A four-part series in the Columbia Journalism Review (CJR) documents major lapses in journalistic standards in how establishment media pillars, including The New York Times and The Washington Post, reported on alleged Trump-Russia collusion ("Russiagate).
The Times and Post were both awarded Pulitzer Prizes for their subsequently discredited reports.
Following the CJR's report, the Pulitzer panel which awarded those prizes has decided to clam up.
In response to a request for comment on the CJR series, Pulitzer Prize Administrator Majorie Miller wrote, "Due to pending litigation regarding these matters, I am not able to comment on the story."
The "pending litigation" Miller mentioned is likely a lawsuit filed by former President Donald Trump. After the Pulitzer board had initially stood by giving the awards to the Post and Times, Trump — the central target of the narrative, which grew out of opposition research commissioned by his 2016 opponent Hillary Clinton — filed a defamation lawsuit against them in December.
Trump wrote in a Truth Social post:
"The Pulitzer Board should have long ago rescinded awards given to the Washington Compost (known to some as the Washington Post) & the Failing NY Times for their fake stories on the Russia, Russia, Russia Hoax. However, Pulitzer refuses to do the right thing! The Hoax has now been further exposed by the devastating, irrefutable piece in the Columbia Journalism Review, and Pulitzer has no comment. I am suing the Pulitzer Board to set the record straight and continue fighting for TRUTH in America!"
The 19-member Pulitzer Prize board, which awarded the prizes, was comprised of various journalists, professors and writers, including several current or former staff members of the New York Times and Washington Post.
Just The News reported on Feb. 3 that it had reached out to 13 members of the panel "to find out if the CJR exposé had prompted second thoughts about the Russiagate prizes. Neil Brown, president of the Poynter Institute had an auto reply set, saying he was out of the office, while Steve Coll, former dean of Columbia Journalism School, had an auto-reply saying he is on sabbatical. None of the other board members replied."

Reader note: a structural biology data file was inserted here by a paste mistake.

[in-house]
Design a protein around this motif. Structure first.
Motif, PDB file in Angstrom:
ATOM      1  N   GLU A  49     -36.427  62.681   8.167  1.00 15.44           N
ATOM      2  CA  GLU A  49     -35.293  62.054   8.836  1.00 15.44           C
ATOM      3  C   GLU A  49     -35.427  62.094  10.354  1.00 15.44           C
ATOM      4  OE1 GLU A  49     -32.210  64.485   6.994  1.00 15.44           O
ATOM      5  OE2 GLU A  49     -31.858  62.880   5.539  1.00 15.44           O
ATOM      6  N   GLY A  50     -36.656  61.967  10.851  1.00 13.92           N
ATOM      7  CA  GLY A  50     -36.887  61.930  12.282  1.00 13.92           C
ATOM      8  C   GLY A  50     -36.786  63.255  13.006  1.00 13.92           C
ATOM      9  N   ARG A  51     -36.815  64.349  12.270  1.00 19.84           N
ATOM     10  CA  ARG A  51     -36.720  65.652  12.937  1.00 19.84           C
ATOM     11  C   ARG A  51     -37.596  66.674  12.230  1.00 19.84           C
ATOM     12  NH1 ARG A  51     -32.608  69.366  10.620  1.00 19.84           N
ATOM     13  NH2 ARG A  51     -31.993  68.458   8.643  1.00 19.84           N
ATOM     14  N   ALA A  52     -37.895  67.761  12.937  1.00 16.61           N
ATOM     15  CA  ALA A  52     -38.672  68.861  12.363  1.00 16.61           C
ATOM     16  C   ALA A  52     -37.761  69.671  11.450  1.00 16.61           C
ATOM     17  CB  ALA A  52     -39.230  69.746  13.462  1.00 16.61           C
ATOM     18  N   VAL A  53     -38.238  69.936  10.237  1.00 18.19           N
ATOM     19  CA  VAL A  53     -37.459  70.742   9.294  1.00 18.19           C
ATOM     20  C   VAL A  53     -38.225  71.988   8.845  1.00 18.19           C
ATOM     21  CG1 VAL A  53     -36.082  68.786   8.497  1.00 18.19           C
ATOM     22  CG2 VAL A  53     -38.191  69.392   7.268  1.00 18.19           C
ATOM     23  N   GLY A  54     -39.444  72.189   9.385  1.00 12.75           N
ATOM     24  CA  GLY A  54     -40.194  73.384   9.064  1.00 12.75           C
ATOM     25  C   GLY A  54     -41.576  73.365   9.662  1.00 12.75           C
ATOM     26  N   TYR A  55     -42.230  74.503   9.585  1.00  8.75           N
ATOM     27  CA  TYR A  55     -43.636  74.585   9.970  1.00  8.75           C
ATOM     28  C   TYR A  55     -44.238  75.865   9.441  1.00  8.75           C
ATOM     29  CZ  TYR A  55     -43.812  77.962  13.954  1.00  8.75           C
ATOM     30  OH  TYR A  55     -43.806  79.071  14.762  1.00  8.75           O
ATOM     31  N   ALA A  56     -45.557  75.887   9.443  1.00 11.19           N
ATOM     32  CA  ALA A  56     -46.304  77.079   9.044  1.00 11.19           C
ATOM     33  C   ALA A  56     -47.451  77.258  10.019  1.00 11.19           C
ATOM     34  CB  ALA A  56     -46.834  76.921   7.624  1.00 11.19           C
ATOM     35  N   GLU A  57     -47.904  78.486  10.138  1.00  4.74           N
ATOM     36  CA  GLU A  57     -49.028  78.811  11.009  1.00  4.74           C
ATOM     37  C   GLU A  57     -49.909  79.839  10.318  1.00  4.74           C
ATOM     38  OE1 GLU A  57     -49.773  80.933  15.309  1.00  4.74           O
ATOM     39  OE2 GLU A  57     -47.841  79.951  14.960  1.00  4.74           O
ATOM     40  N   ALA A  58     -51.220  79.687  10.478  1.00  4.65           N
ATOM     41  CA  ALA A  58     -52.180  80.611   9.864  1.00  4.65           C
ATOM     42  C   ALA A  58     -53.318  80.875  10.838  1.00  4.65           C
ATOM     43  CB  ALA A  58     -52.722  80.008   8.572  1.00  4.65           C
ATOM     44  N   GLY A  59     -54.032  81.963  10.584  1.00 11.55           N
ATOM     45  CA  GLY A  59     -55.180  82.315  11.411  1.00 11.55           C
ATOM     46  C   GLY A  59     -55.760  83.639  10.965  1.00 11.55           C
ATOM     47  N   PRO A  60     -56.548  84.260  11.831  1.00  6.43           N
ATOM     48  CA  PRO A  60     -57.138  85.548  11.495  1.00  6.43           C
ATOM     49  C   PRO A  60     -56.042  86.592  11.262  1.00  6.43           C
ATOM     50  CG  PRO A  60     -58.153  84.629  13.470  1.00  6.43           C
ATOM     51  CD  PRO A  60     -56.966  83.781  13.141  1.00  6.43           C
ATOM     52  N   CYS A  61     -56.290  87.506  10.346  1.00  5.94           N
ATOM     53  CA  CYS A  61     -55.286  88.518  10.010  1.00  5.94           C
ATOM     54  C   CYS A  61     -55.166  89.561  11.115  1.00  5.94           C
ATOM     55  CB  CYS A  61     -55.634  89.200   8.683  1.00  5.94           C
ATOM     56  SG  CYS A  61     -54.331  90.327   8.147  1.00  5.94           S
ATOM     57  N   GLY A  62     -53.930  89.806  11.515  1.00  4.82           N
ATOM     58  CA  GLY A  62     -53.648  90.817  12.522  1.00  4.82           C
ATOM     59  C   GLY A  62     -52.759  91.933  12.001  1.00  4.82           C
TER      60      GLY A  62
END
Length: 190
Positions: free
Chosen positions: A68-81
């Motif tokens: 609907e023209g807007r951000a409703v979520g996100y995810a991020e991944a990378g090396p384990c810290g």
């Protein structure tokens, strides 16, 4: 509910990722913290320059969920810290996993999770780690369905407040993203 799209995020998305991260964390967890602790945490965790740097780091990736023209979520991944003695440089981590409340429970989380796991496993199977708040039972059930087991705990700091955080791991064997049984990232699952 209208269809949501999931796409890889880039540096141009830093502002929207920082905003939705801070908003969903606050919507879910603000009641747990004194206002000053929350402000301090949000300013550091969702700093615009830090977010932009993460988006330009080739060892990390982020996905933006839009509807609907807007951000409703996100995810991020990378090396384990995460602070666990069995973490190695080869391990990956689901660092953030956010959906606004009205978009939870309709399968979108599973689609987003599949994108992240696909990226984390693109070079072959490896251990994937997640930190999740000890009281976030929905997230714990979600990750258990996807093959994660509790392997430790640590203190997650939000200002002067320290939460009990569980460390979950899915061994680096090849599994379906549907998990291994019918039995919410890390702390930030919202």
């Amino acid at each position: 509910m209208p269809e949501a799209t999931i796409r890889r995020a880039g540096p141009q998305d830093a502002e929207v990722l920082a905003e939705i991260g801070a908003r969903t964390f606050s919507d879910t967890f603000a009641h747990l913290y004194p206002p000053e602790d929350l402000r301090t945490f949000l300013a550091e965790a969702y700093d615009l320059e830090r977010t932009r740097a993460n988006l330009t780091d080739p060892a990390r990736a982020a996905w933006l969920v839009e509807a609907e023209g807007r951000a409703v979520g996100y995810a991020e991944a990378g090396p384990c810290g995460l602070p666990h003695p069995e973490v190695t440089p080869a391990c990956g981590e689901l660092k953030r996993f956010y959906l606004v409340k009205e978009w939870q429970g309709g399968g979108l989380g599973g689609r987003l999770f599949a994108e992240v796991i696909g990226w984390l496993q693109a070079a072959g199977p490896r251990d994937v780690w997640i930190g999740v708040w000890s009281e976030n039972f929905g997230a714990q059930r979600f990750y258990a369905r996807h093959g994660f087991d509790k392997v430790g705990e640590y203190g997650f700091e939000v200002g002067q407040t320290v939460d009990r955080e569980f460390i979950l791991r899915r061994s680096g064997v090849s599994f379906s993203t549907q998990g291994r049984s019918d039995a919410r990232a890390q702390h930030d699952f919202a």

The Pulitzer board had reportedly agreed to conduct a review of the awards, but concluded, "No passages or headlines, contentions or assertions in any of the winning submissions were discredited by facts that emerged subsequent to the conferral of the prizes."
Trump's lawsuit states: "On the facts known to Defendants at the time these reviews were allegedly conducted, it would have been impossible that a single objective, thorough and independent review would have reached such a conclusion, much less two. Defendants knew this and published the Pulitzer Statement anyway."
Despite the CJR exposé, The Washington Post continues to stand by its "reporting," with Vice President of Communications Shani George declaring: "We are proud of our coverage of the investigation into Russia's interference in the 2016 campaign, including our stories that were awarded the Pulitzer Prize for furthering the nation's understanding of this consequential period. We approached this line of coverage with care and a great sense of responsibility. On the few occasions in which new information emerged that caused us to reexamine past reporting, we did so forthrightly."
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